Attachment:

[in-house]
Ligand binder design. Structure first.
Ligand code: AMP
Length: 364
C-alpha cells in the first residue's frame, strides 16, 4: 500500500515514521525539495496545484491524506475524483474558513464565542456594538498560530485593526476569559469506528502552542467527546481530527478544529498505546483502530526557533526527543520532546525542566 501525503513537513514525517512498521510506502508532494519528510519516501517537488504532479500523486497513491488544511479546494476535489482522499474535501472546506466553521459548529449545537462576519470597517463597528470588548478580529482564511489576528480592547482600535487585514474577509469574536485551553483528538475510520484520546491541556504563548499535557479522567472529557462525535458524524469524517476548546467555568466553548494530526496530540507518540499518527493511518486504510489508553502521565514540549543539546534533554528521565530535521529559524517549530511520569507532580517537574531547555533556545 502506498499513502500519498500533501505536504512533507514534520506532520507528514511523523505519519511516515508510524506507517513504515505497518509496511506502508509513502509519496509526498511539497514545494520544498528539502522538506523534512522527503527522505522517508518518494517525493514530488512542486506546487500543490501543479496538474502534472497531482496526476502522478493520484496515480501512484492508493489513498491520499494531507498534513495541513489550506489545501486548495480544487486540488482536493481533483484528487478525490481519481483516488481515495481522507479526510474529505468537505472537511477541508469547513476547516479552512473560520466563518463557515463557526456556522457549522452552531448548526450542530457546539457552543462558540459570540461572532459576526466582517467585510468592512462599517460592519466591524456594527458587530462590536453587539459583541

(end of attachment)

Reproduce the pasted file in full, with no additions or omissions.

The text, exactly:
[in-house]
Ligand binder design. Structure first.
Ligand code: AMP
Length: 364
C-alpha cells in the first residue's frame, strides 16, 4: 500500500515514521525539495496545484491524506475524483474558513464565542456594538498560530485593526476569559469506528502552542467527546481530527478544529498505546483502530526557533526527543520532546525542566 501525503513537513514525517512498521510506502508532494519528510519516501517537488504532479500523486497513491488544511479546494476535489482522499474535501472546506466553521459548529449545537462576519470597517463597528470588548478580529482564511489576528480592547482600535487585514474577509469574536485551553483528538475510520484520546491541556504563548499535557479522567472529557462525535458524524469524517476548546467555568466553548494530526496530540507518540499518527493511518486504510489508553502521565514540549543539546534533554528521565530535521529559524517549530511520569507532580517537574531547555533556545 502506498499513502500519498500533501505536504512533507514534520506532520507528514511523523505519519511516515508510524506507517513504515505497518509496511506502508509513502509519496509526498511539497514545494520544498528539502522538506523534512522527503527522505522517508518518494517525493514530488512542486506546487500543490501543479496538474502534472497531482496526476502522478493520484496515480501512484492508493489513498491520499494531507498534513495541513489550506489545501486548495480544487486540488482536493481533483484528487478525490481519481483516488481515495481522507479526510474529505468537505472537511477541508469547513476547516479552512473560520466563518463557515463557526456556522457549522452552531448548526450542530457546539457552543462558540459570540461572532459576526466582517467585510468592512462599517460592519466591524456594527458587530462590536453587539459583541